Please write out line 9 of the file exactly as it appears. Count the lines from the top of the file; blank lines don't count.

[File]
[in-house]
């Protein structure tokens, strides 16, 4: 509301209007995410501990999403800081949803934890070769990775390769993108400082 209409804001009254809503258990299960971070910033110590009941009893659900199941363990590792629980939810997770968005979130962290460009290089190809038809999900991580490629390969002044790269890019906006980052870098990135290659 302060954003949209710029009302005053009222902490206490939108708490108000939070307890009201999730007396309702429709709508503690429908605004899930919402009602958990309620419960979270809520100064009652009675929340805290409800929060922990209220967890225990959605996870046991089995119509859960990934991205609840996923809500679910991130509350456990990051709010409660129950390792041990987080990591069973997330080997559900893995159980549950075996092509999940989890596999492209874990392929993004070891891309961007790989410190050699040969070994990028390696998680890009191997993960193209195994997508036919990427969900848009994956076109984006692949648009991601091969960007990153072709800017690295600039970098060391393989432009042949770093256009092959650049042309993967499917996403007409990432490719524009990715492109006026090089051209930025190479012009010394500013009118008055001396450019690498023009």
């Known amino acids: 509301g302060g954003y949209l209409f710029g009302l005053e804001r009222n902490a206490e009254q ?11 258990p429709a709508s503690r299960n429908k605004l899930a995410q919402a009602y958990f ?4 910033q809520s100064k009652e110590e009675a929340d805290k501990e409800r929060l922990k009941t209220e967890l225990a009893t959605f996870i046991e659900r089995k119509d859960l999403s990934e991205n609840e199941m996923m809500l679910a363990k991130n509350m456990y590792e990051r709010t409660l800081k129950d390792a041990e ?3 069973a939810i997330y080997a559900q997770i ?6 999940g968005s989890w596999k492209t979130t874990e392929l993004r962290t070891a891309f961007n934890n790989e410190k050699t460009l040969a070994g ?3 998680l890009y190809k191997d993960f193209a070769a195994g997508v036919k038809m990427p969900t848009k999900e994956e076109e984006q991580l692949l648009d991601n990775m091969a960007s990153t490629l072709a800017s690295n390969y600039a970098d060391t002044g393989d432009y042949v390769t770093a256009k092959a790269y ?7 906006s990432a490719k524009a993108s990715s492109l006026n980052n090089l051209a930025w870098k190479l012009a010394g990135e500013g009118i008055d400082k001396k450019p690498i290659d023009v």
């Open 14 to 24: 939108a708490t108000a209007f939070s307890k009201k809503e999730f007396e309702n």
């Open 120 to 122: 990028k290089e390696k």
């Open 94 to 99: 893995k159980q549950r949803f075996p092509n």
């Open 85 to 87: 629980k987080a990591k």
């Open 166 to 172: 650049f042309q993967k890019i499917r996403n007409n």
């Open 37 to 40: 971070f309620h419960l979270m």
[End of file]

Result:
């Open 37 to 40: 971070f309620h419960l979270m």